Over the past several years, there has been a growing consensus and understanding that introverts and extroverts have fundamentally different tendencies and needs.
Extroversion is generally better understood. Extroverts prefer high-energy environments, consistently surrounding themselves with many other people. You often hear an extrovert before you see them—they tend to vocalize their thoughts and ideas freely.
The perception of introverts has been less accurate historically and has evolved in the past decade. For years, many have suggested that introverts are the exact opposite of extroverts: they are painfully shy and don’t like being around people.
However, in her groundbreaking book, Quiet: The Power of Introverts in a World That Can’t Stop Talking, Susan Cain challenged this definition. Cain instead defined introverts as people who prefer lower stimulation environments, enjoy quiet concentration or even take a more cautious approach to risk.
Introverts need these lower energy environments to recharge, according to research. While introverts can be, or appear to be, perfectly comfortable in large groups, or excel while speaking to a crowd of 1,000 people, these high-stimulation environments deplete their energy in the same way that low-stimulation environments do for extroverts.
In summary, extroversion and introversion has less to do with personality, and more to do with where we gravitate when we need to recharge. This begs the question: is there something in the middle?
Recently, I was listening to my friend Stew Friedman’s podcast, Work and Life, where Friedman interviewed author Karl Moore about his upcoming book, We’re All Ambiverts Now.
After interviewing more than 300 leaders for his research, Moore discovered that the average C-Suite has an even split of introverts and extroverts, as well as a smaller portion of people who can be defined as “ambiverts.” Ambiverts, a grouping coined by Wharton organizational psychologist Adam Grant, exhibit a flexible pattern of introversion and extroversion. These people adjust their behavior, influenced by the specific context of their environment.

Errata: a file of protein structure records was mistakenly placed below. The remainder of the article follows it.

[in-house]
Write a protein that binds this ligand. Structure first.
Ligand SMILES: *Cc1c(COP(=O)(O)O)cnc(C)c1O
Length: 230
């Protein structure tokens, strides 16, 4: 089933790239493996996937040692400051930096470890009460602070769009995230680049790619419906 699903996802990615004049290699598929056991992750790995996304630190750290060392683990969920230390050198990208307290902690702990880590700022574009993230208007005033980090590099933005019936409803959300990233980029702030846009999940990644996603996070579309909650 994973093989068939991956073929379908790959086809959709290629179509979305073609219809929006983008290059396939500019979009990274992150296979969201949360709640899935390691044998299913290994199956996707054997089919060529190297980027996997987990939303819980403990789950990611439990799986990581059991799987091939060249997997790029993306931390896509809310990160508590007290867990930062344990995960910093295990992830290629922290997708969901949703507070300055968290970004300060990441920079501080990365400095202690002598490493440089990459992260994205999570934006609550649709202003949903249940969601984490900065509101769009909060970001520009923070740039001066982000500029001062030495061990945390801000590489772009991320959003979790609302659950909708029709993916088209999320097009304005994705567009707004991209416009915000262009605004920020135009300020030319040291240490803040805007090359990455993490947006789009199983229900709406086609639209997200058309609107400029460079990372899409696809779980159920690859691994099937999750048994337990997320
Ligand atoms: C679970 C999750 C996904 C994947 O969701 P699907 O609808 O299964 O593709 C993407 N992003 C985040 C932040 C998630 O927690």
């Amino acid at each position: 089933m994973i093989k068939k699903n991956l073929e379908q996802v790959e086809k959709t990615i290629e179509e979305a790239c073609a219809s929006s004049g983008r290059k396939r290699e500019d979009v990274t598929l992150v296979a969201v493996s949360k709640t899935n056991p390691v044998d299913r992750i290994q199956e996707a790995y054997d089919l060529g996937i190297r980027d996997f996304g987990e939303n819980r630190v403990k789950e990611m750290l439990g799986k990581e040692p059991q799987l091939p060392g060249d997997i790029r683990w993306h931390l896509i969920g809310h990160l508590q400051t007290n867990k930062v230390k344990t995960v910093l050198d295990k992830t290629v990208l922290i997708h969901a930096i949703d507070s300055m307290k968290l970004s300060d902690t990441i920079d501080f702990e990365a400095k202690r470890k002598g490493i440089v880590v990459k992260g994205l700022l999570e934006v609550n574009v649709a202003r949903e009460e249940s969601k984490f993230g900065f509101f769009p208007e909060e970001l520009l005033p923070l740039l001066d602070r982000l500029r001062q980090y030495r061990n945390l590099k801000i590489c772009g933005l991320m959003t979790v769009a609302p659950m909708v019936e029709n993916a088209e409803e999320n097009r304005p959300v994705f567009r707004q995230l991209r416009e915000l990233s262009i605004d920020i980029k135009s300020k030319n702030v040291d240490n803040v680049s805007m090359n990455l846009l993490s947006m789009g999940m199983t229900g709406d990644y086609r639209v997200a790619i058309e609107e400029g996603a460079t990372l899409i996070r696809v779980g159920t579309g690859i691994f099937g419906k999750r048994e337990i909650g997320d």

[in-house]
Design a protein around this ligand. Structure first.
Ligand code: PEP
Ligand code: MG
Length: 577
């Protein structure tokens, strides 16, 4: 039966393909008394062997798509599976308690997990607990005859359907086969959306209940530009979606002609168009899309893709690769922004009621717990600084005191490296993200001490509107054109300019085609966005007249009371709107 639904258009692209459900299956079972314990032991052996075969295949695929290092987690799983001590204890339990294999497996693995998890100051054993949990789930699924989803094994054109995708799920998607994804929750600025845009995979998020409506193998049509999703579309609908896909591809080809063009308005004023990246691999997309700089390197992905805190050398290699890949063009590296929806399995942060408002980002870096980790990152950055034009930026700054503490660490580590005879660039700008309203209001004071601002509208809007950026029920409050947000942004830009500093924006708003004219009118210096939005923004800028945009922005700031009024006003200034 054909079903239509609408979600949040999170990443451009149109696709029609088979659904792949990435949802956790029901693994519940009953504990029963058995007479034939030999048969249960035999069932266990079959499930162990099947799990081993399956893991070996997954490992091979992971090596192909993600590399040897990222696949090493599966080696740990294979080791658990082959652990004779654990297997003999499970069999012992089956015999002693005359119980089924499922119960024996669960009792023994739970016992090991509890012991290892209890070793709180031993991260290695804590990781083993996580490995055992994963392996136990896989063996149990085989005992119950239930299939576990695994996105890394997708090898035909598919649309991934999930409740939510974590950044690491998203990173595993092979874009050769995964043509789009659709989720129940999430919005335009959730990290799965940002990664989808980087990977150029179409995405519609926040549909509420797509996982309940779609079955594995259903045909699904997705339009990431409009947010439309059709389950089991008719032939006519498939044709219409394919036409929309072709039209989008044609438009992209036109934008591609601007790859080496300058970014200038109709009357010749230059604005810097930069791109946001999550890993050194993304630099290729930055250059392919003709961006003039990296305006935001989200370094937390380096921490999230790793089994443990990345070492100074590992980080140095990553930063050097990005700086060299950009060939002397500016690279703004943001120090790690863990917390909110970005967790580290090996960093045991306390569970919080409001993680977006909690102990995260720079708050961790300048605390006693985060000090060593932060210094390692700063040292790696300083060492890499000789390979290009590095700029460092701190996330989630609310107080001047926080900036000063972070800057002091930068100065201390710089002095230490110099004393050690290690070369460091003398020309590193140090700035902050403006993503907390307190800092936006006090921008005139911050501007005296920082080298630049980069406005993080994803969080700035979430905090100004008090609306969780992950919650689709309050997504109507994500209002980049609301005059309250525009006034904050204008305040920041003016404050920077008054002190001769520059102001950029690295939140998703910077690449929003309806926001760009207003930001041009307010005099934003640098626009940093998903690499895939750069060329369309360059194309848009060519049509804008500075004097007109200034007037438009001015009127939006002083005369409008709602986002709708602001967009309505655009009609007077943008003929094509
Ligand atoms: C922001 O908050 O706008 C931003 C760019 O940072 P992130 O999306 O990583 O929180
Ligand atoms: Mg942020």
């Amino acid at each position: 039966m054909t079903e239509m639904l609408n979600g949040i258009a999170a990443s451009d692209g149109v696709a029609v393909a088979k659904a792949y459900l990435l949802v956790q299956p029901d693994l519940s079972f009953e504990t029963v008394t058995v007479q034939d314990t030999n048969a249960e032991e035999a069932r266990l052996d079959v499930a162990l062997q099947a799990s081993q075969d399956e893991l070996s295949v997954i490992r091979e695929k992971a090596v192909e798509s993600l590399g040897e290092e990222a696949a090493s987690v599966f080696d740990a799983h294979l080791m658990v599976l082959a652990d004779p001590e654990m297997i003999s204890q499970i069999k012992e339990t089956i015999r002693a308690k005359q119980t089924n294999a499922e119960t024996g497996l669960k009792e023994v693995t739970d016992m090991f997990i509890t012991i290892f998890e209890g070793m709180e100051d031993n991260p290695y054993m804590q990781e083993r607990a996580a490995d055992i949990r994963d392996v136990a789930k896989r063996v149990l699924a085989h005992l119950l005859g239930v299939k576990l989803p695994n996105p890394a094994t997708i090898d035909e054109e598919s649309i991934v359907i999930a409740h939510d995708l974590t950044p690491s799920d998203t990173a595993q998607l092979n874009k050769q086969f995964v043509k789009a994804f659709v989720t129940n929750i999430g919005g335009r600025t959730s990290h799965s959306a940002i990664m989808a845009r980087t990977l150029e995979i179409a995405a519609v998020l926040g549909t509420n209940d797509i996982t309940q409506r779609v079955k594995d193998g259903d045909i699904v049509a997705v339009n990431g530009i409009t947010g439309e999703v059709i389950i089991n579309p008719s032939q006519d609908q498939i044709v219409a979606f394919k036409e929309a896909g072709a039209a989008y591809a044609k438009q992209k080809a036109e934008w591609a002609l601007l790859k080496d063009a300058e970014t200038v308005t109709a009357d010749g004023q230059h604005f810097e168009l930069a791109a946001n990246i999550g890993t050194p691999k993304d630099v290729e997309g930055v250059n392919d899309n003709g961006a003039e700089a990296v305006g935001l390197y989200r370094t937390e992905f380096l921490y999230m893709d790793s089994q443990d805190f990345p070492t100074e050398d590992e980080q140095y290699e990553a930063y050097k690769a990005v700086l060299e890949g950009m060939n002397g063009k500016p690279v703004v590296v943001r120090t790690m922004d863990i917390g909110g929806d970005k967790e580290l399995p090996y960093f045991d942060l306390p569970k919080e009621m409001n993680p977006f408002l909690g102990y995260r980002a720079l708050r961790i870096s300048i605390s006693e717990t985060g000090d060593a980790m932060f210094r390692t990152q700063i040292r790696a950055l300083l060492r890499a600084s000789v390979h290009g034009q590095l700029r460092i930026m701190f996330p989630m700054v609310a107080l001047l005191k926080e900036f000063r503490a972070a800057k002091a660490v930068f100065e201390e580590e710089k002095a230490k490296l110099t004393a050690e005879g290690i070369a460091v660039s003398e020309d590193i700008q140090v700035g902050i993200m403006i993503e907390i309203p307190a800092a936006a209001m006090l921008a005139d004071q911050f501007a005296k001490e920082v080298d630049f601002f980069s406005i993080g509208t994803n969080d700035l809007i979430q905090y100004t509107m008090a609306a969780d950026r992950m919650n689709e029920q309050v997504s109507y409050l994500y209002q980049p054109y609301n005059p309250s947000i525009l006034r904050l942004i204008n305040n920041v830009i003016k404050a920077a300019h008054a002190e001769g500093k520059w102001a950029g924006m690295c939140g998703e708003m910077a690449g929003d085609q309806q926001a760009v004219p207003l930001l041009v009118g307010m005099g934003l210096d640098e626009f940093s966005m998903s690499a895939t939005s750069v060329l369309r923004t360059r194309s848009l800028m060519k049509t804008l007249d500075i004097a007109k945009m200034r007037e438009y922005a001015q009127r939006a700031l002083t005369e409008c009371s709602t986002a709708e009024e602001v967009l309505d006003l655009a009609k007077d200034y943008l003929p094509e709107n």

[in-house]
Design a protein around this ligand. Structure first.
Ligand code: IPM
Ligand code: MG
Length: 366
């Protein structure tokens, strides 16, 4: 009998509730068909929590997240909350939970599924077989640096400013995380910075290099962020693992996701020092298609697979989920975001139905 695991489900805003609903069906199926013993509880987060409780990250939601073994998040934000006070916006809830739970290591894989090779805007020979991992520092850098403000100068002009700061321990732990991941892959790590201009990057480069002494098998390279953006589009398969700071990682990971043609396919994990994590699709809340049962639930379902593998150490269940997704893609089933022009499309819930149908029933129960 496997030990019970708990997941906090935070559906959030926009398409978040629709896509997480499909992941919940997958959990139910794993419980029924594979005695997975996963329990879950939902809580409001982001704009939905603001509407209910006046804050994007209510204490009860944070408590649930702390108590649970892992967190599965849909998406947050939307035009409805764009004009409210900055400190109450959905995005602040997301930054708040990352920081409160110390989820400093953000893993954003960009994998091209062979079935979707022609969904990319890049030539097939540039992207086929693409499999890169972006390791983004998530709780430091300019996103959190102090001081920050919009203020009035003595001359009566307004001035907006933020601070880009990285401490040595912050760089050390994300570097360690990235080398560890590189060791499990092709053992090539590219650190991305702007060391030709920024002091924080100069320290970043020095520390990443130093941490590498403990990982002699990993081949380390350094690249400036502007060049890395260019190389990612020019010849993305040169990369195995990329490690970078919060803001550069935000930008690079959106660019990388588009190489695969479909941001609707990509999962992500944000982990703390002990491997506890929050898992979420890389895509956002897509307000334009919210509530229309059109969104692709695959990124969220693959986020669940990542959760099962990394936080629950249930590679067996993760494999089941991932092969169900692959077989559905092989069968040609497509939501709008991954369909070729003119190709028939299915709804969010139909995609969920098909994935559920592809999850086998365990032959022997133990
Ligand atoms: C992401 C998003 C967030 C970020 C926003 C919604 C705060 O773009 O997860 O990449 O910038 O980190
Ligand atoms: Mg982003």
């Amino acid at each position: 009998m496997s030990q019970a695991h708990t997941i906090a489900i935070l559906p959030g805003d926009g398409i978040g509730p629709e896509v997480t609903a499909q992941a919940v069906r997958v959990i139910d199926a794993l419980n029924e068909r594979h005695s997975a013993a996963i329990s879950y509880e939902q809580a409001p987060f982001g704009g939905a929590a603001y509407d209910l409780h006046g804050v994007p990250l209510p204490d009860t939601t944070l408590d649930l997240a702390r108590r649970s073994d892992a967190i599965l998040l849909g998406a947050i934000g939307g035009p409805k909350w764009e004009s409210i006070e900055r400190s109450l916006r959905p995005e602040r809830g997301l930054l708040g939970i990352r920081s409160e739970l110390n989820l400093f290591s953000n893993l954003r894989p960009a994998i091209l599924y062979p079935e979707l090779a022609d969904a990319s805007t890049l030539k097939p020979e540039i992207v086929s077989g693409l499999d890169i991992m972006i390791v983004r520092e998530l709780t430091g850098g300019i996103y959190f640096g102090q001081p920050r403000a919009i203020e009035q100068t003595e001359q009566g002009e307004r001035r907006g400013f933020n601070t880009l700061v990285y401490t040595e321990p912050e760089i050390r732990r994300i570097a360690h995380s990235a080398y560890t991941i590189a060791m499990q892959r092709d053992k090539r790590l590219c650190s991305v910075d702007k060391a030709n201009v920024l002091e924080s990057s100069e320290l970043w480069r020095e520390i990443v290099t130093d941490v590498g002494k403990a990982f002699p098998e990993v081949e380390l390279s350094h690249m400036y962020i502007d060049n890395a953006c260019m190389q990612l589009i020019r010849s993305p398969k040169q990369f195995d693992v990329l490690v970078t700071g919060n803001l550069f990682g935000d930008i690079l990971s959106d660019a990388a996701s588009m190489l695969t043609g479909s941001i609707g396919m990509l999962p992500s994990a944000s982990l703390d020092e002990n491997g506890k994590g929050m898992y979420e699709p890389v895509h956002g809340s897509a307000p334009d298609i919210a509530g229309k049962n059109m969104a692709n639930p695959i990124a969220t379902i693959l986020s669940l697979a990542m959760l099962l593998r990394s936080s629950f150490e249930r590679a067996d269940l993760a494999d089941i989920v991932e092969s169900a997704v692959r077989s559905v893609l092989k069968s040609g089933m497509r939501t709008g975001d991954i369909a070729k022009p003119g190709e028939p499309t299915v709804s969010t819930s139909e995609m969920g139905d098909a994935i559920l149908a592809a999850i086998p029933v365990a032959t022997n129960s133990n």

Moore asserted during the interview that great leaders, by definition, must learn to become ambiverts, moving beyond their natural tendencies, depending on the circumstances. Ambiversion isn’t about fundamentally changing who you are or moving away from your strengths and unique abilities; it’s about having the ability to adapt to the requirements of a role when neither end of the spectrum will suffice.
For example, a natural introvert who wants to be a leader will have to network and socialize in certain circumstances—conferences, client meetings, fundraising—and will most certainly be called upon at some point to give an important speech that rallies the troops.
On the flip side, an extroverted leader occasionally needs to flex their inner introvert. There will be times when they need to step back and not dominate the conversation, listening more than they speak to create space for others on the team. There will also be times when careful, quiet reflection is required before sharing, even if it’s slightly unnatural.
Although necessary, extroverts and introverts will surely feel drained after this type of behavior. The key for leaders is to have the self-awareness to know what’s needed from them, recognize that they are operating outside their comfort zone and create space to recharge in ways that build energy for the next task.
As a natural introvert, I can tell you that after a long day at a conference being extroverted, I have very little left in my gas tank. I have learned to excuse myself early to sneak off to bed so I can be ready to tackle the next day with the level of energy required.
Where in your own leadership do you need to strengthen your ambiversion muscle?
Quote of The Week
“There’s zero correlation between being the best talker and having the best ideas.”
– Susan Cain